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"Disentangling Embeddedness: An Analysis of Global Acquisitions in the 1990s"

Ruth V. Aguilera, John C. Dencker, and Xavier Escandell


First Author :

Ruth V. Aguilera
Business Administration
University of Illinois at Urbana-Champaign
1206 S. Sixth Street, M/C 706
Champaign, IL 61820

Second Author :

John C. Dencker
Labor & Industrial Relations
University of Illinois at Urbana-Champaign
504 E. Armory
Room 215, M/C 504
Champaign, IL 61820

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Third Author :

Xavier Escandell
University of Illinois at Urbana-Champaign
702 S. Wright Street
Urbana, IL 61801

Abstract :
This study directly tests how, to what extent, and in what ways different institutional levels influence organizational action. It responds to the call for multi-level research in institutional theory, as prior research has mostly focused on studying one level of analysis. We examine how organizational action is embedded in multiple institutional contexts by considering whether announced mergers and acquisitions (M&As) will be completed or withdrawn. This empirical setting has been largely unexplored in the organizational and strategic literatures. Using a sample of the world's largest domestic and cross-border M&As in the 1990s, we demonstrate that multiple institutional contexts-at the country, industry, and firm levels-exert embedded effects on organizational action, controlling for financial factors. Specifically, our findings show that announced M&As are less likely to be completed (1) the higher the policy and regulatory risk of the host firm country, and the greater the national cultural distance between acquiring and target firms; (2) the more related the acquiring and target firms are, and the less diversified is the acquiring firm; and (3) the smaller the status differences between merging firms, the less recent M&A experience the acquiring firm has, and the friendlier is the attitude of the target firm's board to the announced M&A. Our theory testing is important since it highlights the incomplete nature of research on organizational outcomes when the overall environmental context is not fully taken into account. We conclude by discussing the theoretical and managerial implications of our multi-level institutional framework.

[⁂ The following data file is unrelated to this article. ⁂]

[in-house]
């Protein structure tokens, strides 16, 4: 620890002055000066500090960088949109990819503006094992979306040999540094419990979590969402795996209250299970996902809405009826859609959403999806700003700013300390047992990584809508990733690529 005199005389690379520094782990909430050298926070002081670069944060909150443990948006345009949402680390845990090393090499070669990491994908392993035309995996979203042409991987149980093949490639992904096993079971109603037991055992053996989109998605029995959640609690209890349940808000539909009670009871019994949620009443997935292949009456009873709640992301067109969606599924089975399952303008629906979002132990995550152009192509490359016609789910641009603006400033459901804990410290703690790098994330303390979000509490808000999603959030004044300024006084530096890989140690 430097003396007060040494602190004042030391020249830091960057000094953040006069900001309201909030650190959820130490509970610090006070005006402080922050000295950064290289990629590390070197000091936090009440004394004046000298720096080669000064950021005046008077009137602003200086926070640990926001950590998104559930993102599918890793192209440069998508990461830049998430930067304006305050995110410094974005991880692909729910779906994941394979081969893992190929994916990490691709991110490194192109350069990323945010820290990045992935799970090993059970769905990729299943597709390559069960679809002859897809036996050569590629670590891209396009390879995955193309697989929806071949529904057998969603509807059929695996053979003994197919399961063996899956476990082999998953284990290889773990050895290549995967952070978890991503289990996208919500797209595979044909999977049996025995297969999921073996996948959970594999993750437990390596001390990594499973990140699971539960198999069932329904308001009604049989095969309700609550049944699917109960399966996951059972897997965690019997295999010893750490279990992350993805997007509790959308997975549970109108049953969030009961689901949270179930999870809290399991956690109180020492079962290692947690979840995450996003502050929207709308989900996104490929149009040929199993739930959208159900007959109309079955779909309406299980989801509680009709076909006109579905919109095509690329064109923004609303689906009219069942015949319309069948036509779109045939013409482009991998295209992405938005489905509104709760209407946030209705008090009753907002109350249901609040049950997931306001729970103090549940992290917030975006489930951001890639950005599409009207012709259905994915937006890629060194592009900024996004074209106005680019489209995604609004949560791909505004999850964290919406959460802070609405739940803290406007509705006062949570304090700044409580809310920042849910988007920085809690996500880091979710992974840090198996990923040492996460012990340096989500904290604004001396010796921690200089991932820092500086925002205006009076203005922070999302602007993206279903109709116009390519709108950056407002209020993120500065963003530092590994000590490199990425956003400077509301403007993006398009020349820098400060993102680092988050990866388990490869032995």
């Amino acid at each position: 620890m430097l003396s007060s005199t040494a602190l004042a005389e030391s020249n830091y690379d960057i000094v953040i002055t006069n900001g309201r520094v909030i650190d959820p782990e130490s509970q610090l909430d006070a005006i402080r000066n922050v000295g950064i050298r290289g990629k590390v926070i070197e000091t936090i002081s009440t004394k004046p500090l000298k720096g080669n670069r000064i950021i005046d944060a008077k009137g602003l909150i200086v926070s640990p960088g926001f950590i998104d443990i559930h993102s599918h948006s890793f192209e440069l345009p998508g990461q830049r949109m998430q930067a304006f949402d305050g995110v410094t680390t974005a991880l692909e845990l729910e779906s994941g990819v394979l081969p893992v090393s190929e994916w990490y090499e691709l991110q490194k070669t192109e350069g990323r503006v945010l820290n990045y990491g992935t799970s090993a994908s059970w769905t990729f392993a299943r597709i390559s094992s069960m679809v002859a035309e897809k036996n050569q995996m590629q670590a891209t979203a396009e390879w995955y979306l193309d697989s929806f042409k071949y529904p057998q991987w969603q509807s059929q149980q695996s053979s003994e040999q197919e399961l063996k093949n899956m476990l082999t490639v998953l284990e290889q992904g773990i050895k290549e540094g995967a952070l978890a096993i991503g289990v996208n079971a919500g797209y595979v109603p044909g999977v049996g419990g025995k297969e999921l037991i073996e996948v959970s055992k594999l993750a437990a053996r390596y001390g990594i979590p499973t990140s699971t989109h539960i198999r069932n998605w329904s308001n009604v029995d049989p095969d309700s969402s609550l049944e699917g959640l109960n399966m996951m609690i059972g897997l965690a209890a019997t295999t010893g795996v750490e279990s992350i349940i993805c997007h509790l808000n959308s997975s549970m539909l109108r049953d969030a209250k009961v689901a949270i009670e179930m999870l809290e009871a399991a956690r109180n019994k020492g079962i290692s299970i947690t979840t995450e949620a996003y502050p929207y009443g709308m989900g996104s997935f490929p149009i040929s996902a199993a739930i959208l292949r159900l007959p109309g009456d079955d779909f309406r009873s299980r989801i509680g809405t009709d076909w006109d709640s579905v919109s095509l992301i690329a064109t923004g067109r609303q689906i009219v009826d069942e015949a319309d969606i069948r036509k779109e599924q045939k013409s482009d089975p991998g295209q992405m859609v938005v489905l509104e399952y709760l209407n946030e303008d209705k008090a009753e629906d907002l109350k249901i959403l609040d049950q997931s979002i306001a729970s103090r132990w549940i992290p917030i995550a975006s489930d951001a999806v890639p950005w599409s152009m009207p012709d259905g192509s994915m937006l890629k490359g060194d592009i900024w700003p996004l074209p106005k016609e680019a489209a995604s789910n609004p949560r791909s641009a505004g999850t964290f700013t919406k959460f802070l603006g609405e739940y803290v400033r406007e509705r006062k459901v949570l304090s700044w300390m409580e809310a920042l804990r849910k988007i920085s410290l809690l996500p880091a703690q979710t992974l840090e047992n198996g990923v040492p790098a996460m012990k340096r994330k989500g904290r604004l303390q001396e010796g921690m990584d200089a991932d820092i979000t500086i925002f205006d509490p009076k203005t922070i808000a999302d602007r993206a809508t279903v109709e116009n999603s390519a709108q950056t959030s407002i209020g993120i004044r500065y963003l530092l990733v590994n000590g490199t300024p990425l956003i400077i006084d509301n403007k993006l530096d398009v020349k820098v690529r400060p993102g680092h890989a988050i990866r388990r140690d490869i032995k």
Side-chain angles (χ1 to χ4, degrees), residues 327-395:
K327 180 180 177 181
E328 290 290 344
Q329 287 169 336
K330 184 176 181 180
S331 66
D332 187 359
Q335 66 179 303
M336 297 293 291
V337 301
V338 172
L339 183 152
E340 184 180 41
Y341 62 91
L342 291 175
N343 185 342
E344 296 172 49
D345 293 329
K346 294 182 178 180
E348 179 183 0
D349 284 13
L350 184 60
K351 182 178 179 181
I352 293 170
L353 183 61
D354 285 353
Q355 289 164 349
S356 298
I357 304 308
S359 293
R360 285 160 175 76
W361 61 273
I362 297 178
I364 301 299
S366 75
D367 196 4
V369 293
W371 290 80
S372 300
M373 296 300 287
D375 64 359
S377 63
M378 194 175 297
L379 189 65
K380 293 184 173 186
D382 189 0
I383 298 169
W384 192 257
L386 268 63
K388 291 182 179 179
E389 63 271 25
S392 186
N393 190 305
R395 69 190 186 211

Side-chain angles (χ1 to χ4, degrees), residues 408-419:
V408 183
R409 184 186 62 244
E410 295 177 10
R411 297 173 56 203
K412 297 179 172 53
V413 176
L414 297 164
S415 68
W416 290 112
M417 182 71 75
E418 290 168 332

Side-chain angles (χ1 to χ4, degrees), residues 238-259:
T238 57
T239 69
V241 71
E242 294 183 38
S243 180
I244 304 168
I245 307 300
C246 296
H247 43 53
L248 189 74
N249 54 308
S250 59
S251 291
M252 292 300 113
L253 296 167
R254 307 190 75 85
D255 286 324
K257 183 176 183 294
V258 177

Footnotes & Acknowledgements :
We would like to thank the Center for Advanced Study and the Research Board at the University of Illinois for financial support. Previous versions of this paper were presented at the 2001 American Sociological Association Annual Meetings, and in research seminars at the University of Illinois at Urbana-Champaign, London Business School and IESE. Comments from Mauro Guillen, Matthew Kraatz, Huseyin Leblebici, Joseph Mahoney, Craig Olson, Anju Seth, C. Gray Swicegood, and Freek Vermulen are greatly appreciated. The usual caveats apply.
Manuscript Received : 2003
Manuscript Published : 2003
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